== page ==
When it comes to opinion pieces, Nisbet asserts that 96% of his sampling supported consensus. My less rigorously done point was that, to simply balance "The Will Affair", the Washington Post would have had to have published 72 pieces from Jan through Nov 2009 supporting climate consensus. And, well, Nisbet confirmed in correspondence that he would include serial disinformation master Lomborg in the "supports climate science consensus" category showing just how meaningless (and misleading) his analytical structure is.

My post on this from a few weeks ago:…

> I'd love to see any editor stand up and argue that "reality" is irrelevant to the opinion section of a responsible journalistic institution.

IIRC this is commonly done for many US newspapers (I seem to recall the Wall Street Journal being one example) where editorials or opinion pieces are routinely lambasted by experts in the relevant fields as being counter-factual, and the editors either implicitly shrug off the criticism, and (IIRC once more) are even on record explicitly stating so. Don't have time to Google for examples right now, so take my recollections with a grain of salt.

By Lotharsson (not verified) on 07 May 2011 #permalink

Re the differentiation, there are clearly different standards -- with opinion writers clearly allowed / enabled to act like 'lawyers' to shape facts / data to fit their (ofttimes distorted) weltaunschauung and arguments. On the other hand, outright defense of factless and false arguments is a step past tacit (or outright) allowing of deceptive pieces. Hiatt, I guess, almost went that far with George Will but, even then, it seemed that he tried to maneuver his way to avoid saying that he was allowing someone to be publishing outright deception and falsehoods.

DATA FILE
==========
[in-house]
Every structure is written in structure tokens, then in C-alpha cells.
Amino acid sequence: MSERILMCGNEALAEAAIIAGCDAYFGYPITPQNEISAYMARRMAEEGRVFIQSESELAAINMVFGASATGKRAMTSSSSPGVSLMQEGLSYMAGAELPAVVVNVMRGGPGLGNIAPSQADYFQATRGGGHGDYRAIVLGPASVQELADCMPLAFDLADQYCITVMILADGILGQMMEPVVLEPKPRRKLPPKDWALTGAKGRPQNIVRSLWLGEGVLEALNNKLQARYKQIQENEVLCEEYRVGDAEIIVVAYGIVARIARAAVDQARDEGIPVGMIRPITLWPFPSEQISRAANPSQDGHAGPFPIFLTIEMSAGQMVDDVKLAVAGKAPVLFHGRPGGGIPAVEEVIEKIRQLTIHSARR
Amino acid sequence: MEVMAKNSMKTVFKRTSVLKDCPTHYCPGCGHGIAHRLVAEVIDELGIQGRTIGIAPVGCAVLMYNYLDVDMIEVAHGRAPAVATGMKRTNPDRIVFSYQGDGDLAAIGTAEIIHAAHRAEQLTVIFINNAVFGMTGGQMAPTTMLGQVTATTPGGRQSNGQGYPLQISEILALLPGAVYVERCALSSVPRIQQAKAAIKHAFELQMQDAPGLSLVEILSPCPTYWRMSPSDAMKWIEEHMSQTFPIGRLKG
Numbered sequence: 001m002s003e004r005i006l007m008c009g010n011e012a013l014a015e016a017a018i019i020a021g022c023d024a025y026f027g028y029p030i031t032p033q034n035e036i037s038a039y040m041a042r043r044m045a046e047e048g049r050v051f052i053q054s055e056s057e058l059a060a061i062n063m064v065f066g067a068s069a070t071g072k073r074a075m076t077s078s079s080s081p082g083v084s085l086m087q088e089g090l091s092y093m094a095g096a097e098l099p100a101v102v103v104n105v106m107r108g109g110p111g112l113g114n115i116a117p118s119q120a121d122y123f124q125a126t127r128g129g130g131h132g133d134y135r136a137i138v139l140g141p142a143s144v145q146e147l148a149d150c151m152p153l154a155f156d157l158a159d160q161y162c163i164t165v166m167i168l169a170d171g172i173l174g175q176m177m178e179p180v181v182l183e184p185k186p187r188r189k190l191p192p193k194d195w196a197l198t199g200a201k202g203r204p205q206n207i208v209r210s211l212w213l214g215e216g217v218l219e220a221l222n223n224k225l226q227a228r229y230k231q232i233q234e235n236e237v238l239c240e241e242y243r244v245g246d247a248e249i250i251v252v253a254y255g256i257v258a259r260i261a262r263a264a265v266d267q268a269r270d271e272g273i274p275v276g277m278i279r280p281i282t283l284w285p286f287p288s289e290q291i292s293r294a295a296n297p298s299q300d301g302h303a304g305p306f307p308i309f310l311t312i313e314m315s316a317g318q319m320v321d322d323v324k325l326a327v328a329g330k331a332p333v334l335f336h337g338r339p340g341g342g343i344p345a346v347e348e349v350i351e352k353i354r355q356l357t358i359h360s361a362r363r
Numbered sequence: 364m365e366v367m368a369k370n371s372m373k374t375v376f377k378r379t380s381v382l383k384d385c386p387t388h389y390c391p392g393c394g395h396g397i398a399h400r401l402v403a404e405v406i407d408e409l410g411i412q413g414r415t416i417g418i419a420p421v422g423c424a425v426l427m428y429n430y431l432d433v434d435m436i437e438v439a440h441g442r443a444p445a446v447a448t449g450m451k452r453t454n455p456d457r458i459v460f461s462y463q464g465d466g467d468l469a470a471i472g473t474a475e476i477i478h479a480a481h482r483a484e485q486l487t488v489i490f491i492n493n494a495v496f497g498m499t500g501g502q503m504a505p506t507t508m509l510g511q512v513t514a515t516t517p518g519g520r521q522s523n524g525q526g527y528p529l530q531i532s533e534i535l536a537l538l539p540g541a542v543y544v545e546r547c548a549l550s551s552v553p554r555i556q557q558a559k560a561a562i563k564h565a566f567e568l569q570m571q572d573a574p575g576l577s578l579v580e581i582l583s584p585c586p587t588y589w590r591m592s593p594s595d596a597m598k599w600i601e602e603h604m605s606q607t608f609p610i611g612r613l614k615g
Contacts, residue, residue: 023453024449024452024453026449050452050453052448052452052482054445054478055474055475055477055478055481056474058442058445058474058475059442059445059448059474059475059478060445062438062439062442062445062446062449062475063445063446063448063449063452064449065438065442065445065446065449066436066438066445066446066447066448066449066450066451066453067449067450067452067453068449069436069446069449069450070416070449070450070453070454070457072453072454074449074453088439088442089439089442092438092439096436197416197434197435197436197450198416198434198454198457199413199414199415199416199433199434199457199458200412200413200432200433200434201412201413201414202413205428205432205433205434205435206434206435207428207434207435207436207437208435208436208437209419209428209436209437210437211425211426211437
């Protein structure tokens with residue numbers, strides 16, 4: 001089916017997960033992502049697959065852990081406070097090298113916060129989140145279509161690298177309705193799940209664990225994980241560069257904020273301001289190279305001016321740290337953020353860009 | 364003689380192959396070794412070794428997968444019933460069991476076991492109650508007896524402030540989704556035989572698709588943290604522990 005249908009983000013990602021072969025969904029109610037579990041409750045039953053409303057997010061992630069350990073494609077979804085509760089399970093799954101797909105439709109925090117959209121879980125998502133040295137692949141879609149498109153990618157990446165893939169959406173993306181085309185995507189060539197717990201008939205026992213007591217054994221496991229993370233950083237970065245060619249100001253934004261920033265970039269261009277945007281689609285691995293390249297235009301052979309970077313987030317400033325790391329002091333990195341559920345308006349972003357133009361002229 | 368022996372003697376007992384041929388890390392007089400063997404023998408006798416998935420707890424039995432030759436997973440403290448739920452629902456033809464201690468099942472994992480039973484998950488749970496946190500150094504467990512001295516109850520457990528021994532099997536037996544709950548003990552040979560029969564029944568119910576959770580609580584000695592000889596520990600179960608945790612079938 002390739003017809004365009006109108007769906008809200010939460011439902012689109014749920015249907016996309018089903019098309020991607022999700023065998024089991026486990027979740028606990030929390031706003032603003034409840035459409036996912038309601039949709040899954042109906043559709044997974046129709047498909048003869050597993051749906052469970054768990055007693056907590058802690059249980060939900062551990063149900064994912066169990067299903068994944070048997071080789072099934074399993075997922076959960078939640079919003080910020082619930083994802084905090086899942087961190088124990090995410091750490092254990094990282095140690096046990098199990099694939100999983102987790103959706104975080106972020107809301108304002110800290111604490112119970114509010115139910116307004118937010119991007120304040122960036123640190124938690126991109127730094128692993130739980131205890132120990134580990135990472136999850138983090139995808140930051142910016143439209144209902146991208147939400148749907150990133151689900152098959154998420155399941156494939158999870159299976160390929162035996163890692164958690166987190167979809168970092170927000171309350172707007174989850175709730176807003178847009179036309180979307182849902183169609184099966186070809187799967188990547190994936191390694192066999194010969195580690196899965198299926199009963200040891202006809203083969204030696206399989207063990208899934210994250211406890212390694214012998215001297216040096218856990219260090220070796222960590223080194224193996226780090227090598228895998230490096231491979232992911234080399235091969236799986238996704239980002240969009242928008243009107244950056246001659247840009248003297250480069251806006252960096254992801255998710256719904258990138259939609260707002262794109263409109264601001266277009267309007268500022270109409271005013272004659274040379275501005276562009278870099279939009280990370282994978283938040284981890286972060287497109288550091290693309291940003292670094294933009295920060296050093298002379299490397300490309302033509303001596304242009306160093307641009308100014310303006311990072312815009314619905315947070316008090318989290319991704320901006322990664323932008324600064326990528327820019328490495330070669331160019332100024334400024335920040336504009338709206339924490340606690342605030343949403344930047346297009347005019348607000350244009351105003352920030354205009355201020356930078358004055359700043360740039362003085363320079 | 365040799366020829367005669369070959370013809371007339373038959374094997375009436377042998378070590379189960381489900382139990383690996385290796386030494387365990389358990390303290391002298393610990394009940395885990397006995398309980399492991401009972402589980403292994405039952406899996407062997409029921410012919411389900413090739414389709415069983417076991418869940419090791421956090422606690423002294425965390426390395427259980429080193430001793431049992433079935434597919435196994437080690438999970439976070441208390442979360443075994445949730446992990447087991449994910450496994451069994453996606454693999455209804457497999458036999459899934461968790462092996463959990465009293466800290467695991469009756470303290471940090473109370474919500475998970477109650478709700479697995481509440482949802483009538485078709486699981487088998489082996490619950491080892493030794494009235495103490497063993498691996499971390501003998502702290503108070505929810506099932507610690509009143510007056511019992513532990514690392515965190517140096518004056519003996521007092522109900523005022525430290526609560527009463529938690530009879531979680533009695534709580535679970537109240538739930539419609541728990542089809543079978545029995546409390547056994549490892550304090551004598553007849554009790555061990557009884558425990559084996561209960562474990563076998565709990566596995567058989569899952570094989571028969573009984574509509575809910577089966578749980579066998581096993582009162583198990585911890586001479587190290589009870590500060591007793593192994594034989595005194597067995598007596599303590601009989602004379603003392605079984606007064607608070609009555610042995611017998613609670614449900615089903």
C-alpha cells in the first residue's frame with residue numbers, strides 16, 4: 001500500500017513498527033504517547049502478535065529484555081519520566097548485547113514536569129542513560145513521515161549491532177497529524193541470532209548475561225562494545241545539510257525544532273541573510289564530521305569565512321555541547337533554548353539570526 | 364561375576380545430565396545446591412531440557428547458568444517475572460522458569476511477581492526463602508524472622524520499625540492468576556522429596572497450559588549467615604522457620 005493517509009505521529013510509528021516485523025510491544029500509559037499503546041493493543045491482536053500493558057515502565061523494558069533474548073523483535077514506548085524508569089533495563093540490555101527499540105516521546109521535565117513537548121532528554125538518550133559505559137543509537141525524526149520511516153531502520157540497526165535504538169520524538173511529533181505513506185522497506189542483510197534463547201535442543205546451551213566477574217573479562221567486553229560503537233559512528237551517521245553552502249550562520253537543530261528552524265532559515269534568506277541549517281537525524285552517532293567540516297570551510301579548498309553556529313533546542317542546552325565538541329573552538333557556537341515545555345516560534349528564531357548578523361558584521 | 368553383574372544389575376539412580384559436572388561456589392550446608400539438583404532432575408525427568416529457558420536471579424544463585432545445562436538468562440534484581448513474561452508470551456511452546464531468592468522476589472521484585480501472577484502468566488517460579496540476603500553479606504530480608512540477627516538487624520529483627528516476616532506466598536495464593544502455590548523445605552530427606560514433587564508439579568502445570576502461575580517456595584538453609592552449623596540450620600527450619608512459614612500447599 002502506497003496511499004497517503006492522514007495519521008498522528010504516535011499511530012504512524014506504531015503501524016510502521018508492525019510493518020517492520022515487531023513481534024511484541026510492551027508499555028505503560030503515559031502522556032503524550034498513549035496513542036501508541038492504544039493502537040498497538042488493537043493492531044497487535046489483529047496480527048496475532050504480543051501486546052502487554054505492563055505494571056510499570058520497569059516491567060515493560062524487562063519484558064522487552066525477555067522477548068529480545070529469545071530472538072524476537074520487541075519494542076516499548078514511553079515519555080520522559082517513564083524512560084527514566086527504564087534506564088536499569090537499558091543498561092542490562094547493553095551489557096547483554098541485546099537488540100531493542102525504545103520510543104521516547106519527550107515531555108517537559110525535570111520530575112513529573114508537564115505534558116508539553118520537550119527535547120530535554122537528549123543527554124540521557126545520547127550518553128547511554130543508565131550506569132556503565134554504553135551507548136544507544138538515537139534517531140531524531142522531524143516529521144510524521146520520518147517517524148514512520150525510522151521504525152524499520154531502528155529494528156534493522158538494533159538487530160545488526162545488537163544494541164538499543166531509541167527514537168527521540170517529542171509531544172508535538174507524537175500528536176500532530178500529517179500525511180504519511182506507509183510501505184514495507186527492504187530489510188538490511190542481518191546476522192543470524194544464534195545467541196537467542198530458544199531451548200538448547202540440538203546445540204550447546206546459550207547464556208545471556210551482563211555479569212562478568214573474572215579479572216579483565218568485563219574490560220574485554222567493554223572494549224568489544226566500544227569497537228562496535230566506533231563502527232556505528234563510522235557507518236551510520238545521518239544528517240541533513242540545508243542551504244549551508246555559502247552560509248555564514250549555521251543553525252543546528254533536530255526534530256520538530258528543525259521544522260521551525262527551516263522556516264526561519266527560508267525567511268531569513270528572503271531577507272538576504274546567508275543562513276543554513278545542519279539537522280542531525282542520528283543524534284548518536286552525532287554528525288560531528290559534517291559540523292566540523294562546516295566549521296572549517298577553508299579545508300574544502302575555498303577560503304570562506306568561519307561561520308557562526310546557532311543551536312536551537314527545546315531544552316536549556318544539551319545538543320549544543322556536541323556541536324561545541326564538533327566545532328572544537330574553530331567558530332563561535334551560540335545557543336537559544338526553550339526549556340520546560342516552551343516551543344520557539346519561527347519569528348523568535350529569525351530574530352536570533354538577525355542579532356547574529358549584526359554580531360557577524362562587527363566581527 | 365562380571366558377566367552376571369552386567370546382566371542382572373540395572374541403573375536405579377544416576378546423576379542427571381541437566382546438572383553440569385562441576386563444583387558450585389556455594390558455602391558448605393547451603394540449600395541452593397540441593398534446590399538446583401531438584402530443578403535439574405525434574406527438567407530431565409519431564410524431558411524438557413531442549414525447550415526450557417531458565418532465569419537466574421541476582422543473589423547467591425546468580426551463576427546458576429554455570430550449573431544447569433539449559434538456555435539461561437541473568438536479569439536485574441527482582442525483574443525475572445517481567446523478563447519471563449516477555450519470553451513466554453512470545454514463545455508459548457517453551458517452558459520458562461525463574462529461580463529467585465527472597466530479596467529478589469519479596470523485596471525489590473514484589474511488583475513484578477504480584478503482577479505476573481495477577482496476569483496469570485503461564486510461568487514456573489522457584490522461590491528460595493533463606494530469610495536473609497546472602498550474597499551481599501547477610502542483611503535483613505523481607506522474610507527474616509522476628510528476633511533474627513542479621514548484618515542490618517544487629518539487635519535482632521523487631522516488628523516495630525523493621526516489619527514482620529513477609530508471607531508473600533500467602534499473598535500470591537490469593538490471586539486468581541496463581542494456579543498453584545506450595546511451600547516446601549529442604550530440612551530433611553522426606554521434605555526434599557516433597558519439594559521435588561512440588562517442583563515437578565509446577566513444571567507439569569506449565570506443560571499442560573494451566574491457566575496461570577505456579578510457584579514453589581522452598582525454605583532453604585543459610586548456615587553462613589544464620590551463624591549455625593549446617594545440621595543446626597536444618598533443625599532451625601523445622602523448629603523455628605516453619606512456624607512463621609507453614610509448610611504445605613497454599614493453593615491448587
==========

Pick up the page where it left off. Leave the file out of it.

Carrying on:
> On the other hand, outright defense of factless and false arguments is a step past tacit (or outright) allowing of deceptive pieces.


In the US the Republicans would be laughed off the national stage if they weren't allowed to make counter-factual and false arguments ably backed up by various supporters in the media. Most of the headline Republican claims these days, and many of the more minor ones, just do not stand up to scrutiny. And some of them are especially out of touch with reality, but still manage to get on national TV without being met by gales of laughter.

Strange world we live in :-(

By Lotharsson (not verified) on 07 May 2011 #permalink
By Brad Johnson (not verified) on 07 May 2011 #permalink

Also worth noting: there are many, many varieties of terrible media coverage, destructive to the effort to pass climate legislation, that are not simple "climate change doesn't exist." Misinformation about the economics of climate solutions is pervasive and far more influential than simple denialism.